Secretary Kerry reveals the worst if nuclear agreement with Iran will not push through
Amid strong opposition for the recent nuclear agreement with Iran last week, the Obama Administration still made a strong stand that the deal makes the United States of America and its allies safer.
In his testimony before the House Committee on Foreign Affairs
in Washington DC, US Secretary of State John Kerry asserted that the Obama administration and the six countries who led the negotiations in Vienna believe the nuclear agreement with Iran deal makes USA and its allies safer.
In addition, the administration says the deal will guarantee that Iran’s program is under intense scrutiny and it will ensure that the world community is unified in backing this up.
And most of all, they say, the deal will guarantee Iran’s program has to be peaceful.
“Therefore it is a good deal for the world, a good deal for America, a good deal for our allies and our friends, and we believe it richly deserves your support.” – Secretary Kerry
What’s In The Agreement With Iran?
According to Secretary Kerry, Iran agreed to remove 98 percent of its stockpile of enriched uranium, dismantle two-thirds of its installed centrifuges, and destroy – by filling it with concrete – the existing core of its heavy water plutonium reactor.
In addition, Iran agreed to refrain from producing or acquiring highly enriched uranium and weapons-grade plutonium for nuclear weapons forever.
What If Iran Fails To Comply?
Secretary Kerry then underscored that if Iran fails to comply with the terms of the agreement, the intel community, the US Energy Department which is responsible for nuclear weaponry, are absolutely clear that they will quickly know it and will be able to respond accordingly with every option available today.
No Sunset For Monitoring Iran
Secretary Kerry pointed out that when it comes to verification and monitoring, there is absolutely no sunset in the agreement.
In addition, the IAEA will be continuously monitoring their centrifuge production, as centrifuge – so centrifuges cannot be diverted to a covert facility. It is then expected that for the next 25 years, the IAEA will be continuously monitoring uranium from the point that it’s produced all the way through production so that it cannot be diverted to another facility. With this, there’s no reason that Iran will breech the agreement for the monitoring is 24/7.
What Will Happen If The Deal Is Rejected?
Secretary Kerry pointed out there are two options: Either they move ahead with the agreement to ensure that Iran’s nuclear program is limited, rigorously scrutinized, and wholly peaceful; or no agreement at all, no inspections, no restraints, no sanctions, no knowledge of what they’re doing, and they start to enrich.
And one more thing, he says, if Congress rejects what was agreed to in Vienna, it will not only be rejecting every one of the restrictions that they put in place, but Iran will be back to their ability to move down that road. With this instance, it will not only be giving Iran a free pass to double the pace of its uranium enrichment, to build a heavy water reactor, to install new and more efficient centrifuges, but they will do it all without the unprecedented inspection and transparency measures that were secured.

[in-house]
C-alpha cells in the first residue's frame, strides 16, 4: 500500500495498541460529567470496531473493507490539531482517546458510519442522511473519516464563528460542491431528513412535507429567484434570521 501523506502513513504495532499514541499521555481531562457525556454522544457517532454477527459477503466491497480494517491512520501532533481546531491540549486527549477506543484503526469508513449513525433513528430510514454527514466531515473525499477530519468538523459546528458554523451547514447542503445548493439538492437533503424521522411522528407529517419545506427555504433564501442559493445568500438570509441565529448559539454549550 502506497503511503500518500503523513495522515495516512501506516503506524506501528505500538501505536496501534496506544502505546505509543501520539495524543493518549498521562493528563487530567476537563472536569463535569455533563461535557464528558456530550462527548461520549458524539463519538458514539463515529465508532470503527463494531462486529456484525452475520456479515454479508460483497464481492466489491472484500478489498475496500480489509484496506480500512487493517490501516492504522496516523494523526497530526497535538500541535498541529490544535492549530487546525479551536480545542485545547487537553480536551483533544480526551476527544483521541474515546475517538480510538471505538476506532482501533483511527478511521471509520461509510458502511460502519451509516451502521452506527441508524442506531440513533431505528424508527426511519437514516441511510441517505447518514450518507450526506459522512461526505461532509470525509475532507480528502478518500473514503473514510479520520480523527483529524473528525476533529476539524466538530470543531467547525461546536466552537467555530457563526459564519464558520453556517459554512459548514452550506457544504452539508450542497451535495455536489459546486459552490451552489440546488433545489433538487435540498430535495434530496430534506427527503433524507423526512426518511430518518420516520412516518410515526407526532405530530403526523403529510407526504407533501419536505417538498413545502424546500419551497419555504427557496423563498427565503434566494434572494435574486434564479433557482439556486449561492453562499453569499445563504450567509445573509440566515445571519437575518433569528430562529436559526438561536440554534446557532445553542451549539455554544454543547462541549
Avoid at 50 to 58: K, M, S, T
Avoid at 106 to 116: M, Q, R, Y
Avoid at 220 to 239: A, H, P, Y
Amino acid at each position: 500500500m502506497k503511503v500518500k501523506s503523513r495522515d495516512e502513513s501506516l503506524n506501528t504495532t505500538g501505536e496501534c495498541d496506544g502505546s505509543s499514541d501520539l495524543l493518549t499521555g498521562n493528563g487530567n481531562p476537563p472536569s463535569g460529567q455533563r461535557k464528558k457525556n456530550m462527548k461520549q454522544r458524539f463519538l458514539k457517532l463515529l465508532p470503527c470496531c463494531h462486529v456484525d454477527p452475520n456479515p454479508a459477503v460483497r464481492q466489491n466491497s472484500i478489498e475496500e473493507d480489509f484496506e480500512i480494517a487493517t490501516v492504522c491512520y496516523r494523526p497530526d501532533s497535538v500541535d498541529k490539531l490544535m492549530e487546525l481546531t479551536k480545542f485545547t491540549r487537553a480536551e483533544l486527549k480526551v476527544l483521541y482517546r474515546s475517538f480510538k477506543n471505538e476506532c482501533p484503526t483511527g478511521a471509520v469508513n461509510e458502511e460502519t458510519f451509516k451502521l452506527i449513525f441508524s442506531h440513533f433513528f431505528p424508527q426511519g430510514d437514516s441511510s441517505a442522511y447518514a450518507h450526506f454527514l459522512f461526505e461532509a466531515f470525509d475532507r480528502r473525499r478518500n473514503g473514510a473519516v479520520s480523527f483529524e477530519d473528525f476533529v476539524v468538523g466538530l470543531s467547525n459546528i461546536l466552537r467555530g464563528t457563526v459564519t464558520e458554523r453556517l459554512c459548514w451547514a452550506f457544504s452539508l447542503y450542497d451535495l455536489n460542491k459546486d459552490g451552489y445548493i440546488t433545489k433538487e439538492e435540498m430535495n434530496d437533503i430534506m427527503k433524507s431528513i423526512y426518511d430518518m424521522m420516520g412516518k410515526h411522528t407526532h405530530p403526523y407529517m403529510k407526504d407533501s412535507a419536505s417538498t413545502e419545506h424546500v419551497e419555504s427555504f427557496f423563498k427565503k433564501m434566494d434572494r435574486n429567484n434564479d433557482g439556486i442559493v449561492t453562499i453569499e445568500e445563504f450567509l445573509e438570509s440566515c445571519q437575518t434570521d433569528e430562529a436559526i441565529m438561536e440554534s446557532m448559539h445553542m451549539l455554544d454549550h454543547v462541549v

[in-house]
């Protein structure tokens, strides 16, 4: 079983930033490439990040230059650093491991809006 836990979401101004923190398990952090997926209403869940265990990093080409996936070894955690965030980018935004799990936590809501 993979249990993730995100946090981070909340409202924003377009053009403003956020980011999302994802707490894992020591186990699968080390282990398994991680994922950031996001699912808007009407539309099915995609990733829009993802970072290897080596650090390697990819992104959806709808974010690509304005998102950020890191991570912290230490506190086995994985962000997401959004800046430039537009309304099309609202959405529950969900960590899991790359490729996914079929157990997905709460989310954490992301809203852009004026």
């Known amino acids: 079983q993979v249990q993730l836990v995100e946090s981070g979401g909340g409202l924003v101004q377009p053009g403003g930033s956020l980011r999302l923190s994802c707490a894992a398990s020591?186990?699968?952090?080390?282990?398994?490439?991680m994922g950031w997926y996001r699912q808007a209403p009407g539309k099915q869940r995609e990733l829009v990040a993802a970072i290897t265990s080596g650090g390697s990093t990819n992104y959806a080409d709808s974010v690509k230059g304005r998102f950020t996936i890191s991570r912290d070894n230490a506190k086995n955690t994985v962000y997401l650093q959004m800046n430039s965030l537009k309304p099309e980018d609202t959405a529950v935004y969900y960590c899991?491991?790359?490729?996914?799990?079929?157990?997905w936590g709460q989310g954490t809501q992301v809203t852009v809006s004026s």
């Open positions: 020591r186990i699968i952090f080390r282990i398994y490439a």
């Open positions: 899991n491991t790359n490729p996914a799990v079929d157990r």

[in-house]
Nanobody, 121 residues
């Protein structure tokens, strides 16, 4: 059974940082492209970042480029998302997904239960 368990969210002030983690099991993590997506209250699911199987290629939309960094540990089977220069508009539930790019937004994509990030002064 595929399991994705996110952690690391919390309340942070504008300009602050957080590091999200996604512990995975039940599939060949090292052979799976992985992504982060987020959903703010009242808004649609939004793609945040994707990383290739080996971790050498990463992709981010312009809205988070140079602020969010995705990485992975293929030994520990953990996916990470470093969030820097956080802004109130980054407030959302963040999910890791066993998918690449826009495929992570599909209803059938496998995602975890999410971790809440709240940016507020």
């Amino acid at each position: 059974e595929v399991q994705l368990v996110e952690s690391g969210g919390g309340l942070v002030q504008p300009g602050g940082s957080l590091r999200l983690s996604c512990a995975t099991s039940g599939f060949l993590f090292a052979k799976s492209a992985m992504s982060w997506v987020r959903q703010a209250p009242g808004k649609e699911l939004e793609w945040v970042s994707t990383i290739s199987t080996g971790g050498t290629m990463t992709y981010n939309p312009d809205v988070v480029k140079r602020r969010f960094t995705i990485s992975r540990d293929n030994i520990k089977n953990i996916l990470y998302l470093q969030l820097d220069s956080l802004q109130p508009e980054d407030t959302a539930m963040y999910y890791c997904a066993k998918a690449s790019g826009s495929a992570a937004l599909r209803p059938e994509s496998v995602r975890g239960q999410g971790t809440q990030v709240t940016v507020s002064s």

“Everything that we have tried to prevent will [then] happen.” – Secretary Kerry
So What’s Worse?
If the US walks away, Secretary Kerry said US will walk away alone. And the worst thing, US allies are not going to be with the US. Instead, they’ll walk away from the tough multilateral sanctions that brought Iran to the negotiating table in the first place If this happens, it will have squandered the best chance that they have to solve this problem through peaceful means.
World Powers and Iran Strike Historic Deal
Last week and after 18 days of the intense negotiation, the diplomats declared that world powers which consist of the United States, France, Britain, China, France, Russia and Iran had struck a landmark deal to curb Iran’s nuclear program. But most importantly, the agreement will stop to the threat of a nuclear-armed Iran.
The agreement entails Iran will not continue to enrich uranium under the agreement. Iran in exchange of the agreement will reap benefit of the relief of the international sanctions. UN, EU, and US sanctions will be terminated on implementation day when the IAEA certifies Iran has complied with specified commitments in the agreement.
On Pressuring Iran
The United States and the international community stand shoulder to shoulder in maintaining pressure on the Iranian regime until it fully addresses concerns about its nuclear program.
A total of 20 countries and economies have continued to significantly reduce the volume of their crude oil purchases from Iran or have completely eliminated such purchases.
According to the latest U.S. Energy Information Administration report to Congress, Iran’s oil production fell by one million barrels per day in September and October 2012, compared to the same period in 2011.
US and EU Efforts
In June 2011, the United States of America imposed several sanctions on Iran. The United States imposed sanctions on Tidewater Middle East Company, an operator of Iranian ports owned by the Islamic Revolutionary Guard Corps (IRGC) that has links to Iranian proliferation activities.
The United States has also imposed sanctions against Iran Air, which was designated for providing material support and services to the IRGC and Iran’s Ministry of Defense and Armed Forces Logistics (MODAFL), and also has facilitated proliferation-related activities.
The European Union also imposed sanctions against Iran. The EU bans imports of Iranian crude oil and petroleum products, freeze the assets of the Iranian central bank, and takes additional action against Iran’s energy, financial, and transport sectors.